The Iconoclasts

The Iconoclasts
Sign of the Crab

Susan Arendt | 19 Aug 2008 12:00
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Steve Meretzky is kind of a crabby guy. Not gloomy or excessively negative, but rather in the world-weary way of someone who's been around the block a time or two not by choice, but because he couldn't find a parking space. He might complain about how expensive the coffee is at Starbucks, or how he doesn't have the time or reflexes to play modern games, yet you can't help but find yourself nodding along in agreement as he makes his grumpy observations. He may be crabby, but talking to him, you also get the impression that he's often right.

Now a Senior Designer at Blue Fang Games in Massachusetts, Meretzky's induction into the videogame industry began more than 20 years ago at his kitchen table. He was sharing an apartment with Mike Dornbrook, who at the time was the sole game tester for a small software company called Infocom. The company was so tiny, in fact, that it didn't have office space, which is why Dornbrook was testing the company's first game, Zork, on an Apple II in the kitchen. Curious, Meretzky eventually began playing the game himself, keeping track of the bugs he encountered and becoming Infocom's unofficial second tester. Once Dornbrook went off to business school, Infocom founder Marc Blank made Meretzky a tester in earnest; in 1982, after Infocom had finally made the jump to genuine office space, Blank asked Meretzky if he'd like to try his hand at actually writing a game.

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Infocom specialized in interactive fiction, a genre that relied on clever and expressive writing to bring its text-based adventure games to life. Meretzky's first effort, Planetfall, became one of Infocom's most well-known and beloved titles, thanks largely to his sharp sense of humor and well-crafted puzzles. Meretzky showed an uncanny ability to transmogrify bits of scrolling text into an adventure as enthralling as any blockbuster movie, forming a strong connection with the player. "It felt like you really were engaging in a one-on-one contest of wills with the player," Meretzky says of his time designing the interactive fiction games of his early career. "It really was kind of this mano-y-mano battle of wits between author and player."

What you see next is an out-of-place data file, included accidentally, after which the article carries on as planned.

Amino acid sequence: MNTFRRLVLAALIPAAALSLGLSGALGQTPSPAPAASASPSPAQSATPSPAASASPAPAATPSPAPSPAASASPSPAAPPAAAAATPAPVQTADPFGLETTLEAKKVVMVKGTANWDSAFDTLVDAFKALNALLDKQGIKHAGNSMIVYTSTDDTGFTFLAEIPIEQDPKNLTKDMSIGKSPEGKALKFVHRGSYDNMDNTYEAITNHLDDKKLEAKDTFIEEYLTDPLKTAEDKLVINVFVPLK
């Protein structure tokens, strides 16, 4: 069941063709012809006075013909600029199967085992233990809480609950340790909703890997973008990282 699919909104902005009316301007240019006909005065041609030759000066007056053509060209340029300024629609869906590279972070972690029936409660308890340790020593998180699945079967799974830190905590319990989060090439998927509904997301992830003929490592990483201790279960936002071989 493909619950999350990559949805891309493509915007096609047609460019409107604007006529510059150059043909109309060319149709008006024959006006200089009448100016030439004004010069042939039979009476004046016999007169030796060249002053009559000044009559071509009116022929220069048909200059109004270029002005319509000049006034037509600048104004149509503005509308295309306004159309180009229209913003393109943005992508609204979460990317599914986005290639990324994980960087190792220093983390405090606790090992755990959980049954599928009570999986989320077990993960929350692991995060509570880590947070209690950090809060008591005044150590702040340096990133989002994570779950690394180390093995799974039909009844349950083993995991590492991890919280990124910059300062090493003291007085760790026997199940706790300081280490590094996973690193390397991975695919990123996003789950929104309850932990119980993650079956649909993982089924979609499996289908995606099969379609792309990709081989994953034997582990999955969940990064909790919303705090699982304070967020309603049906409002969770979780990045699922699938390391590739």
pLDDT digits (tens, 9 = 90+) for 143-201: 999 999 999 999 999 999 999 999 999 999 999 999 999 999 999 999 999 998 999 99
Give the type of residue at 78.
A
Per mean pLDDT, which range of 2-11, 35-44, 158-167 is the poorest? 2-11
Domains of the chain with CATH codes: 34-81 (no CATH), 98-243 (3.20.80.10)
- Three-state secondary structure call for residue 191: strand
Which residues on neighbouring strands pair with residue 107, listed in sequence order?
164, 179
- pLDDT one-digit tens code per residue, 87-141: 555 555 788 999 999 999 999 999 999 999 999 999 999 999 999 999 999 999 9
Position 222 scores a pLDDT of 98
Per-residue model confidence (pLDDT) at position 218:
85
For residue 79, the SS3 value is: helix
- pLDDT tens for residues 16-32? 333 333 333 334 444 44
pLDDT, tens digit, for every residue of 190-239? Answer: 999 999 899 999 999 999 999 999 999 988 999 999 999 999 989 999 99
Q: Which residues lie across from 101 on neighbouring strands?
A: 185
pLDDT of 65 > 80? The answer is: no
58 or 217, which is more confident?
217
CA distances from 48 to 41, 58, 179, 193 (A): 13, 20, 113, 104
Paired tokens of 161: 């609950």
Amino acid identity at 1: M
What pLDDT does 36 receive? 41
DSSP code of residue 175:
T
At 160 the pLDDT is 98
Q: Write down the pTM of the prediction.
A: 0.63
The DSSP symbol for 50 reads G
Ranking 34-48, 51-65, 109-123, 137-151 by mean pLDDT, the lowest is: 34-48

The key to that one-on-one relationship was maintaining a delicate balance of frustration and reward, something at which Meretzky was particularly skilled. "You obviously didn't want to completely stump the player, but if you stumped them for that exact right amount of time, they'd have this big 'a-ha!' when they finally figured it out."

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